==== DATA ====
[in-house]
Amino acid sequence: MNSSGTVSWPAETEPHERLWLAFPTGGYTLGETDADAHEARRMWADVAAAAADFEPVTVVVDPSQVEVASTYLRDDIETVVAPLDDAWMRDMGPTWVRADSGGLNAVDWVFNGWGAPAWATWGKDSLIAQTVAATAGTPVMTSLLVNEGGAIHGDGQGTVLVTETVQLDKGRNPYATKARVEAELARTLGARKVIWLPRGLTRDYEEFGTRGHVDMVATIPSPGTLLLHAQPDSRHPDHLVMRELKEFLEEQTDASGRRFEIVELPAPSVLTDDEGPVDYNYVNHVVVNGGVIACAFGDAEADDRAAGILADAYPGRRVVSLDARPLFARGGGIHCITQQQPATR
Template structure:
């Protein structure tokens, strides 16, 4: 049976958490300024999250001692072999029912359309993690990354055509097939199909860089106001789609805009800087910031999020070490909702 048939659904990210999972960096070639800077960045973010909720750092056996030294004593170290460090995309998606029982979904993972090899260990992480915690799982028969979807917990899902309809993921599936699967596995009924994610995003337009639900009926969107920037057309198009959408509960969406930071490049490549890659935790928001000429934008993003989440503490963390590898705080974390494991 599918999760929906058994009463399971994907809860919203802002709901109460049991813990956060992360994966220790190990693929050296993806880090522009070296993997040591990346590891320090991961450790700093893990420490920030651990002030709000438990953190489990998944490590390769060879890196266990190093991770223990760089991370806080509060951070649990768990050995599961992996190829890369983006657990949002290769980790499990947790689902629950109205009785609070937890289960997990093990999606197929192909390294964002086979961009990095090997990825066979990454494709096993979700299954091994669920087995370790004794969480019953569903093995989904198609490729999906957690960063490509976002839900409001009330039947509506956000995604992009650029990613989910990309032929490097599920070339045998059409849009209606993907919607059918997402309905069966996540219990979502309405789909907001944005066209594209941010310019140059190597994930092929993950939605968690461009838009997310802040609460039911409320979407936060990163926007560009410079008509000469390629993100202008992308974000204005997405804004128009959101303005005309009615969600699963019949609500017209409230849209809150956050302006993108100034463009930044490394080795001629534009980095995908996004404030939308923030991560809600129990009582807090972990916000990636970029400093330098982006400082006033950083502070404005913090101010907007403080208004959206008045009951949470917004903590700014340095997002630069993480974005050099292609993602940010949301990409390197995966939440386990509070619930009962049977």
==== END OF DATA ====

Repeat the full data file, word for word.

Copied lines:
[in-house]
Amino acid sequence: MNSSGTVSWPAETEPHERLWLAFPTGGYTLGETDADAHEARRMWADVAAAAADFEPVTVVVDPSQVEVASTYLRDDIETVVAPLDDAWMRDMGPTWVRADSGGLNAVDWVFNGWGAPAWATWGKDSLIAQTVAATAGTPVMTSLLVNEGGAIHGDGQGTVLVTETVQLDKGRNPYATKARVEAELARTLGARKVIWLPRGLTRDYEEFGTRGHVDMVATIPSPGTLLLHAQPDSRHPDHLVMRELKEFLEEQTDASGRRFEIVELPAPSVLTDDEGPVDYNYVNHVVVNGGVIACAFGDAEADDRAAGILADAYPGRRVVSLDARPLFARGGGIHCITQQQPATR
Template structure:
């Protein structure tokens, strides 16, 4: 049976958490300024999250001692072999029912359309993690990354055509097939199909860089106001789609805009800087910031999020070490909702 048939659904990210999972960096070639800077960045973010909720750092056996030294004593170290460090995309998606029982979904993972090899260990992480915690799982028969979807917990899902309809993921599936699967596995009924994610995003337009639900009926969107920037057309198009959408509960969406930071490049490549890659935790928001000429934008993003989440503490963390590898705080974390494991 599918999760929906058994009463399971994907809860919203802002709901109460049991813990956060992360994966220790190990693929050296993806880090522009070296993997040591990346590891320090991961450790700093893990420490920030651990002030709000438990953190489990998944490590390769060879890196266990190093991770223990760089991370806080509060951070649990768990050995599961992996190829890369983006657990949002290769980790499990947790689902629950109205009785609070937890289960997990093990999606197929192909390294964002086979961009990095090997990825066979990454494709096993979700299954091994669920087995370790004794969480019953569903093995989904198609490729999906957690960063490509976002839900409001009330039947509506956000995604992009650029990613989910990309032929490097599920070339045998059409849009209606993907919607059918997402309905069966996540219990979502309405789909907001944005066209594209941010310019140059190597994930092929993950939605968690461009838009997310802040609460039911409320979407936060990163926007560009410079008509000469390629993100202008992308974000204005997405804004128009959101303005005309009615969600699963019949609500017209409230849209809150956050302006993108100034463009930044490394080795001629534009980095995908996004404030939308923030991560809600129990009582807090972990916000990636970029400093330098982006400082006033950083502070404005913090101010907007403080208004959206008045009951949470917004903590700014340095997002630069993480974005050099292609993602940010949301990409390197995966939440386990509070619930009962049977």